The ‘stranded’ Virac councilor’s issue: too hot to handle?

For months now, the Catanduanes Tribune has held back on publishing the news on the Civil Service Commission’s decision on the case of Ephraim Antonio Gianan, who was ‘stranded’ in Pasig City during the pandemic and did not report for work in Virac even when the pandemic travel restrictions were relaxed.

The CSC Regional Office No. V’s August 2, 2022 ruling said Gianan’s absences and the circumstances obtaining during the period fall under Item 3.1 of CSC Memorandum Circular No. 23, s. 2020 and are thus treated as excused absences.

In granting the appeal, CSC Director IV Atty, Daisy Punzalan Bragais ruled that the leave credits deducted against Gianan’s accumulated leave credits for those applied after March 16, 2020 and before February 14, 2022 be restored and the former councilor be paid of his salaries covering those when he was declared to have been on leave of absence without pay.

It was only a few months later that this paper learned of the decision and even then, the former councilor, a relative of the publisher-editor, politely refused the latter’s request for a copy.

With the present composition of the Sangguniang Bayan recently embroiled in an impasse on how to handle the adverse CSC decision, considering that a few of the current membership were in office at the time Gianan incurred his absences, it was only this month that the Tribune finally got hold of copies of the CSC ruling and letters exchanged between the legislative and the executive branches of the local government, and that between the municipal council and ex-Councilor Gianan.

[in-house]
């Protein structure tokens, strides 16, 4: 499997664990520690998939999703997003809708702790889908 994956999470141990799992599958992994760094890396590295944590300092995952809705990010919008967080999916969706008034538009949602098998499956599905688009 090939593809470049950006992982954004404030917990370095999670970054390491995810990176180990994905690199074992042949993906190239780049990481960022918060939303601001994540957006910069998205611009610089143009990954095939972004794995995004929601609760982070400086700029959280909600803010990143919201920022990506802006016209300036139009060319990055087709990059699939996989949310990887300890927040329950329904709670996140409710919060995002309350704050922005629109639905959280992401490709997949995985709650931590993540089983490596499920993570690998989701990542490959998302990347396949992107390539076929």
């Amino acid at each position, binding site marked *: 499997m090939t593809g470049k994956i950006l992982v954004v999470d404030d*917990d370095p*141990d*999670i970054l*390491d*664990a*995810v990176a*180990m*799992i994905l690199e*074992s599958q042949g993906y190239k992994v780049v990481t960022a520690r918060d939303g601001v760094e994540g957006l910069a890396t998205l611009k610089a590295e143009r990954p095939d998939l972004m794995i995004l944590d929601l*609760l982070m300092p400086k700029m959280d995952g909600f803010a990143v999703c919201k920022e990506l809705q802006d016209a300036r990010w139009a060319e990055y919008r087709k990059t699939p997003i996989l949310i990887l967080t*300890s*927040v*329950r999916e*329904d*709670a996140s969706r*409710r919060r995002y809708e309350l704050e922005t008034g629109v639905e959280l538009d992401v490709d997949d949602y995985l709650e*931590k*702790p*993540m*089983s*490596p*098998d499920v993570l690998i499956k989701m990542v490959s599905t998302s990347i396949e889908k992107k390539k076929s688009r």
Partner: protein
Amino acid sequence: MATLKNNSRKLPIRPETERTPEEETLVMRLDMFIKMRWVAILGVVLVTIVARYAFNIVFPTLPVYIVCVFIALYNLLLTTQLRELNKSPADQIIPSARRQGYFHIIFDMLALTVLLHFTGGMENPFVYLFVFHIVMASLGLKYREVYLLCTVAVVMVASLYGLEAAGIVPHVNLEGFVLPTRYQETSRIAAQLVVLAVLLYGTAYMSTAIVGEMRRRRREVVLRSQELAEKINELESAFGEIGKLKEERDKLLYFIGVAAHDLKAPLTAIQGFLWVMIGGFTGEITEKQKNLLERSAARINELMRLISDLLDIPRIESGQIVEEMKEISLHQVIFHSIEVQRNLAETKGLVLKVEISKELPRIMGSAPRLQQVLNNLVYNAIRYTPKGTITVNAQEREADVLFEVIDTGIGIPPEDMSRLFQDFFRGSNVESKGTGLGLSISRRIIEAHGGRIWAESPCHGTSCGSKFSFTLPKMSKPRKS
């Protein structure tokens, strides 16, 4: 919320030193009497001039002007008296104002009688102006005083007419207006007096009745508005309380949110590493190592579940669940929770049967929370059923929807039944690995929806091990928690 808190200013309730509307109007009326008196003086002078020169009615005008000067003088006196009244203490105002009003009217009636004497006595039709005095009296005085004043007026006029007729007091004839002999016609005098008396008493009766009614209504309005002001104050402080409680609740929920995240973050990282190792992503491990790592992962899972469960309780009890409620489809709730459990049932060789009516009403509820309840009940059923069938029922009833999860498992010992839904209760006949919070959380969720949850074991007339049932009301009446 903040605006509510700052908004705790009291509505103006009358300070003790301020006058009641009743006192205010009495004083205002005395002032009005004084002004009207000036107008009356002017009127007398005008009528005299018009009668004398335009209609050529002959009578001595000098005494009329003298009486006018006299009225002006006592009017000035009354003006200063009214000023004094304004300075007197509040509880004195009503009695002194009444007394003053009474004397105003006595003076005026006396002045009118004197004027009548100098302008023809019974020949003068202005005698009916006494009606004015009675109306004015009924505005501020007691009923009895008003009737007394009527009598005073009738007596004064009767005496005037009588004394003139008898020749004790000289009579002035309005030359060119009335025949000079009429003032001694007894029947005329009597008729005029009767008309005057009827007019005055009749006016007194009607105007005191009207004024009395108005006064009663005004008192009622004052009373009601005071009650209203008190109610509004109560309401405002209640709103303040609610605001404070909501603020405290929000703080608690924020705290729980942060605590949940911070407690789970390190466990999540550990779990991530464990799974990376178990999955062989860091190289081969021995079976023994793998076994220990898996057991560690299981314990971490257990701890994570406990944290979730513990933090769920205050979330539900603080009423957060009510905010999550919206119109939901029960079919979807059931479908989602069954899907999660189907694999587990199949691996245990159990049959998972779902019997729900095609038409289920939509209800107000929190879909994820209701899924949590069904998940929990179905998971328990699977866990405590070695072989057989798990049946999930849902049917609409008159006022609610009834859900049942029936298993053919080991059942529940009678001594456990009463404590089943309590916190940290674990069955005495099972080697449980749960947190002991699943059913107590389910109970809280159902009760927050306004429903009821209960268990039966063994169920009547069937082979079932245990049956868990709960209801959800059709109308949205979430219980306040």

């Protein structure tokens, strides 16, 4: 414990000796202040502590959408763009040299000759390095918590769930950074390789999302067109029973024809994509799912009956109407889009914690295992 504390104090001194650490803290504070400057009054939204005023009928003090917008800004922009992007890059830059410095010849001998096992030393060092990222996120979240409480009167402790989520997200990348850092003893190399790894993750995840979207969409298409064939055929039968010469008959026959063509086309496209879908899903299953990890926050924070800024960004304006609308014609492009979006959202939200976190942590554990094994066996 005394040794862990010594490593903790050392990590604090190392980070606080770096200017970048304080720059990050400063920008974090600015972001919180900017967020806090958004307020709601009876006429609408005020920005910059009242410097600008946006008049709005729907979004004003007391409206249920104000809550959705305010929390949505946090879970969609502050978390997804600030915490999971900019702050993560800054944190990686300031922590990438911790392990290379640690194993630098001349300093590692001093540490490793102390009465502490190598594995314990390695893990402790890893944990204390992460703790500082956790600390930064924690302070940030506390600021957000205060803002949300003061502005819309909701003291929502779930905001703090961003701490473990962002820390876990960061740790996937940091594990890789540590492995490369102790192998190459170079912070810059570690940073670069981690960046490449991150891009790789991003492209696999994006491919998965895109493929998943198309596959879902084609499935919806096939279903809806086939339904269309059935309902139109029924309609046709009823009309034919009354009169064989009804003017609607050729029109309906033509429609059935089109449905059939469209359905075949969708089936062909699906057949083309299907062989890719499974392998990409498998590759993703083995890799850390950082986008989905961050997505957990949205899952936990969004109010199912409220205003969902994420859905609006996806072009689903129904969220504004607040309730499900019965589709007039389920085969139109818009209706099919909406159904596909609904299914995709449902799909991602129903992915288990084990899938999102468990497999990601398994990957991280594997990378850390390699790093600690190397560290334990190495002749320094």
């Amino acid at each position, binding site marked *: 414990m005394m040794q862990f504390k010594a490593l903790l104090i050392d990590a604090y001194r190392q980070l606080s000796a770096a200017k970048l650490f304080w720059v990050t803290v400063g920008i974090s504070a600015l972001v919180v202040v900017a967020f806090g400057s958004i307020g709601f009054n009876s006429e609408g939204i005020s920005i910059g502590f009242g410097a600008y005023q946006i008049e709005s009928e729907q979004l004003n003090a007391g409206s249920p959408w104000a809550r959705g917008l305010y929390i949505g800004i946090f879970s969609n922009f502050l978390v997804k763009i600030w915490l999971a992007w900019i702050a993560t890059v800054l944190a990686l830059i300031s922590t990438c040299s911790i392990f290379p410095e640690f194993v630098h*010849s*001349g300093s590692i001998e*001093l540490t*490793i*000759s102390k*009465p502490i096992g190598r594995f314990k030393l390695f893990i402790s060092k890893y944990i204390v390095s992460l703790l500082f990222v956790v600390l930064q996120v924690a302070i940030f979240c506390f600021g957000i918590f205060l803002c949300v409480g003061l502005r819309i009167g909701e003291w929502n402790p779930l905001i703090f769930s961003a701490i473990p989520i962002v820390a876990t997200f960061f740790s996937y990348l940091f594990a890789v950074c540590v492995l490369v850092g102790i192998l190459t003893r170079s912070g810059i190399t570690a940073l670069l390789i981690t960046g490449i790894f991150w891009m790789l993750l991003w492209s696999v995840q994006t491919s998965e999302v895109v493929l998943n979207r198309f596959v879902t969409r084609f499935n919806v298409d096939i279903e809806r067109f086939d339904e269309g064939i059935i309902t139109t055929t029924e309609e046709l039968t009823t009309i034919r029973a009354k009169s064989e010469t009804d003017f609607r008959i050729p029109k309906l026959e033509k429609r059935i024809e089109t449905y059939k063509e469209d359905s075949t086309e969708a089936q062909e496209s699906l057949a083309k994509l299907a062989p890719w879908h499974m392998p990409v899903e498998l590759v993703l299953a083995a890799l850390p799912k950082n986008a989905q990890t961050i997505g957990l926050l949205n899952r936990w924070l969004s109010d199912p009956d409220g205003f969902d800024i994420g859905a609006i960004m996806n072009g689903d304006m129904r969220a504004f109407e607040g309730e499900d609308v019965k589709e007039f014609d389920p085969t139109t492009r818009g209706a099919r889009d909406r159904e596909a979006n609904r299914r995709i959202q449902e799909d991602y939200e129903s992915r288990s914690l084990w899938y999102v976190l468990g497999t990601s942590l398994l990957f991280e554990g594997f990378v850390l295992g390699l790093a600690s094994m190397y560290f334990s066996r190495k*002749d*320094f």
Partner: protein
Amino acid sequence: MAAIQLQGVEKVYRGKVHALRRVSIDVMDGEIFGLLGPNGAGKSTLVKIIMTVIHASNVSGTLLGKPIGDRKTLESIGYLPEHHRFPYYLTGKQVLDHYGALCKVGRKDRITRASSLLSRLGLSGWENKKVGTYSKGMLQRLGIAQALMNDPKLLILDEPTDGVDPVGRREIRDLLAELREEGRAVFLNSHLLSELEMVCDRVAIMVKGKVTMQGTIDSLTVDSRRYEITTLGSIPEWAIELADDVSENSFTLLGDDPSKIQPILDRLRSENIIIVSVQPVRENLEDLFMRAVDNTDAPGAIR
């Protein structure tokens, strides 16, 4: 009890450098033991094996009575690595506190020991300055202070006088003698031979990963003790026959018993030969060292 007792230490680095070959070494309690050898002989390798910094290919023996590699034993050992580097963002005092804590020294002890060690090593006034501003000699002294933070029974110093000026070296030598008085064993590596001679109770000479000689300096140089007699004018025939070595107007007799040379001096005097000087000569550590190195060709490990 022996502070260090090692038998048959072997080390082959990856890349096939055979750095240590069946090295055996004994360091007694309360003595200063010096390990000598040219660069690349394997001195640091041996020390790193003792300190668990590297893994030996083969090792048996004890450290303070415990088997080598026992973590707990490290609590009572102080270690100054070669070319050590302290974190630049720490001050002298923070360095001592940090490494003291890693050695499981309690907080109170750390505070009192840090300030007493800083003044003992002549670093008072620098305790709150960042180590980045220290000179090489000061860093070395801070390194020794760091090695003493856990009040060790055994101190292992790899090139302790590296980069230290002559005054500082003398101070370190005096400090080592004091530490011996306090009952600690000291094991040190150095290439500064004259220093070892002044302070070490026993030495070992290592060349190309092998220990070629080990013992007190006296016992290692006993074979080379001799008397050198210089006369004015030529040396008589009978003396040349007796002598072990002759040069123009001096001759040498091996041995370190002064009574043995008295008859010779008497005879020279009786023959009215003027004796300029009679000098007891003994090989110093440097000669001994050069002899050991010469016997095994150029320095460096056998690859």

Thus, the Dec. 21, 2022 headline story on the issue was based mostly on the CSC ruling and the letters, with no interviews conducted with Gianan and Vice Mayor Arlynn Arcilla (also a relative of the publisher-editor).

Through different channels, these two individuals expressed their disappointment and resentment over publication of the article on Gianan’s final demand that he be paid around P1.6 million in back salaries and leave credits.

One of them even asked the publisher-editor, through an intermediary, to cease publication of future articles on the issue as the initial story affected the family.

The other, describing the article as biased and one-sided, decided to pass up on the Tribune’s offer to publish his/her side of the story.

The impasse prompts us to raise this point: how else does a member of the media treat a controversy in which both sides does not wish to speak but through public documents?

Both personalities, and all elected politicians for that matter, are (or was in the case of Gianan) public officers whose actions are subject to public scrutiny and media coverage.

Thus, it feels strange and disorienting to hear of them trying to suppress or even denigrate publication of an article on their actions while in office, especially since the issue involves public funds.

The media’s abruptly ceasing to discuss the controversy would be a disservice to the public that they serve, particularly in the light of Gianan’s filing of Administrative Case No. 002-2022 at the Sangguniang Panlalawigan against the entire Sangguniang Bayan of Virac for abuse of power and conduct unbecoming of government officials.

According to a Tribune source, the provincial board’s Committee on Justice and Human Rights has already issued a summons dated Dec. 22, 2022 to the municipal council to file its reply within 15 days upon receipt.

As they say in the movies, the showdown has come to a final gunfight: either the Virac SB blinks and agrees to pay, or it gets bloodied on the nose.

So who says the local media can’t cover such a public contest on who is right or wrong?

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